(back) Subject: Re: Loss of Tremont Baptist Boston Casavant From: "David Scribner" <david@blackiris.com> Date: Sat, 24 Mar 2001 11:04:29 -0600   At 10:16 AM -0600 3/24/01, Luther Melby wrote: >Just an idea, why not the OHS or AGO try to inventory the >organs that are still with us, rate them as to historical or >other such designation of value. >Then issue a plaque to the place that it is installed at, > and a recognition in a publication etc. etc. (or something) >I don't know, but I think that people will be less likely to get >rid of something when the members know that it is recognized >nationally, as something of value and not "just old junk".   Luther   Actually there is a database of many historic organs maintained by the OHS and there is also a historic Organ designation (plaque) that the OHS gives to instruments. Normally, during an OHS Convention several of these presented to churches where convention concerts take place. And there are usually articles about these in "The Tracker", the publication of the OHS.   Unfortunately, at the current time this database of historic instruments is not on-line and the OHS web site - http://www.organsociety.org - doesn't have much mention about this activity but it is a part of the activities of the organization. To help support this work why don't you join the OHS instead of just making suggestions for an organization to so something of this nature? The more members the organization has the more they can do in this important field. Membership information and an on-line membership form on available on the web site listed above.   David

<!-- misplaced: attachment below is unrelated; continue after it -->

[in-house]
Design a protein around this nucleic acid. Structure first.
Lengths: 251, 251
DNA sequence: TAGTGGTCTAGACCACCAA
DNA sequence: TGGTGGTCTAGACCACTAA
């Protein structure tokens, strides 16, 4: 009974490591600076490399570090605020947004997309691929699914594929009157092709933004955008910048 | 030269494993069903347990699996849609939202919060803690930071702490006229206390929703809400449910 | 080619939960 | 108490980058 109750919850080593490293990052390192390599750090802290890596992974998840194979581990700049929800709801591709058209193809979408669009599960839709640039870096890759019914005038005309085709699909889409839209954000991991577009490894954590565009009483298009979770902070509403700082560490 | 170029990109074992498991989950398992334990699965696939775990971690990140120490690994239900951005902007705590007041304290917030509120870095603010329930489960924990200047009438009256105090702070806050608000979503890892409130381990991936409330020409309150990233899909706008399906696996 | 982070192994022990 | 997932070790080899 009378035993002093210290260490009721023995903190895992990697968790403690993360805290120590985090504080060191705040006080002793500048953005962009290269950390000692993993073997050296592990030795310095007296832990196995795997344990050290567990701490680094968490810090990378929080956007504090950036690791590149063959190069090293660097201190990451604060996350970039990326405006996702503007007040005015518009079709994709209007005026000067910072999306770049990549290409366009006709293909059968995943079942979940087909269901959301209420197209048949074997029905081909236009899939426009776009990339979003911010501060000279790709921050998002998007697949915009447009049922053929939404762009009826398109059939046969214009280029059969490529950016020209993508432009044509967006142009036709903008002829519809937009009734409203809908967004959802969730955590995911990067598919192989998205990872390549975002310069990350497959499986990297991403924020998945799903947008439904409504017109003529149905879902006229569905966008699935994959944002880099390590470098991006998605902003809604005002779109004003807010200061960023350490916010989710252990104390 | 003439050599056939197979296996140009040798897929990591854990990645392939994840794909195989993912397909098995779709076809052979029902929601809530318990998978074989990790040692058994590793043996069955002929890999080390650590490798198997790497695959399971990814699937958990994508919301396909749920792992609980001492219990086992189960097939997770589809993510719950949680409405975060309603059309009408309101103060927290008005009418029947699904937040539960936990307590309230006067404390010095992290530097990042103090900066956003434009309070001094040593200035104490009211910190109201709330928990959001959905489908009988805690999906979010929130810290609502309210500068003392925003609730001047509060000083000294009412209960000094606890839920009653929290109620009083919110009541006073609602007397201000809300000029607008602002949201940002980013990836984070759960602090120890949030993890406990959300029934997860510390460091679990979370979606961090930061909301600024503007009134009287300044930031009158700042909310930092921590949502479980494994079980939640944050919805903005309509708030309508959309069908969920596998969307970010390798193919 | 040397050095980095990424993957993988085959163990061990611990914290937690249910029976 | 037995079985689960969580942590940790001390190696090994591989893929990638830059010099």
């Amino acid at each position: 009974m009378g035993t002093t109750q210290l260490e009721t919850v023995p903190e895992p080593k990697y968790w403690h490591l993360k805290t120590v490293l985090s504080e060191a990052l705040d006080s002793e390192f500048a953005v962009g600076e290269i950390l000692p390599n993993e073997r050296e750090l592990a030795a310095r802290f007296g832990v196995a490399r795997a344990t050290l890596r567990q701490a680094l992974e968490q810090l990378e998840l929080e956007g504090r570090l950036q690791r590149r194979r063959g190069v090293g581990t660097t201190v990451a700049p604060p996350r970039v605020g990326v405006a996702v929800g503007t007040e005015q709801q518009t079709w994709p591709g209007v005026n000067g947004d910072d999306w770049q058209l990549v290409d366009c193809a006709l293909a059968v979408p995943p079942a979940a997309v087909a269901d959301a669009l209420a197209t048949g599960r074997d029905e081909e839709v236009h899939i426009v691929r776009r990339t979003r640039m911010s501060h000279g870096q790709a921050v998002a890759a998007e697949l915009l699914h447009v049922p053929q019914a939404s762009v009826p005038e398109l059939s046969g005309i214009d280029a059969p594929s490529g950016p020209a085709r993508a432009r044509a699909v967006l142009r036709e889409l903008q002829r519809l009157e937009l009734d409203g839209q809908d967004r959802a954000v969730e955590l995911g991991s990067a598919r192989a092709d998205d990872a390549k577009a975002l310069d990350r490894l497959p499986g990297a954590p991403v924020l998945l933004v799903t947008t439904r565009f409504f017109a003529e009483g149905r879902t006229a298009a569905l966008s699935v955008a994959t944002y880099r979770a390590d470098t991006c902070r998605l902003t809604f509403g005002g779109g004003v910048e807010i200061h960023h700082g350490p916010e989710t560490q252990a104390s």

(back) Subject: Re: Indiana et al From: <support@opensystemsorgans.com> Date: 24 Mar 2001 09:21:35 -0800   On Fri, 23 March 2001, "VEAGUE" wrote:     > If Generals and other officers stayed behind lines, why, oh why did I > have to accompany my C.O. in the field while I was carrying the company > radio? We would have been the first to go! Geezz!! <g>   Because when you're a senior officer, you're told you're too valuable to = lose. When you're a Second Lieutenant, you're told you can't move a = string by pushing it. Both probably true. If I remember correctly, = junior officers have very high casualty rates.   Whether it's leading charges or showing up for Friday Evensong, the young = 'uns got to pay them dues.   Dick      
(back) Subject: Re: Jimmy Culp's CD From: "Cindy Adams" <piperheaven@yahoo.com> Date: Sat, 24 Mar 2001 10:57:24 -0800 (PST)   Where can I purchase one of these? --- > This is a must have CD... Anyone who has been to > First Pres., Kilgore knows >     __________________________________________________ Do You Yahoo!? Get email at your own domain with Yahoo! Mail. http://personal.mail.yahoo.com/  
(back) Subject: Re: evolution From: "Ben Baldus" <bbaldus@voyager.net> Date: Sat, 24 Mar 2001 15:31:27 -0500   Amen & amen to Arthur's post.   Ben Baldus    
(back) Subject: Re: Jimmy Culp's CD From: "David Scribner" <david@blackiris.com> Date: Sat, 24 Mar 2001 15:20:43 -0600   If I am not mistaken the original posting about this CD was by Bill VanPelt, the Executive Director of the Organ Historical Society and they will be carrying it in their on-line catalogue - http://www.ohscatalog.org - while you are there why don't you also purchase a membership in the organization? <G>   David   >Where can I purchase one of these? >--- >> This is a must have CD... Anyone who has been to > > First Pres., Kilgore knows  
(back) Subject: Re: San Francisco From: "Bob Scarborough" <desertbob@rglobal.net> Date: Sat, 24 Mar 2001 13:21:10 -0800   At 05:39 AM 3/23/2001 -0800, you wrote: >Sadly, it wasn't a private posting. I received it too.<snip>   Even more sadly, we weren't told who the Nobel laureate is, either! Oh well ... maybe it'll show up in Newsweek!   dB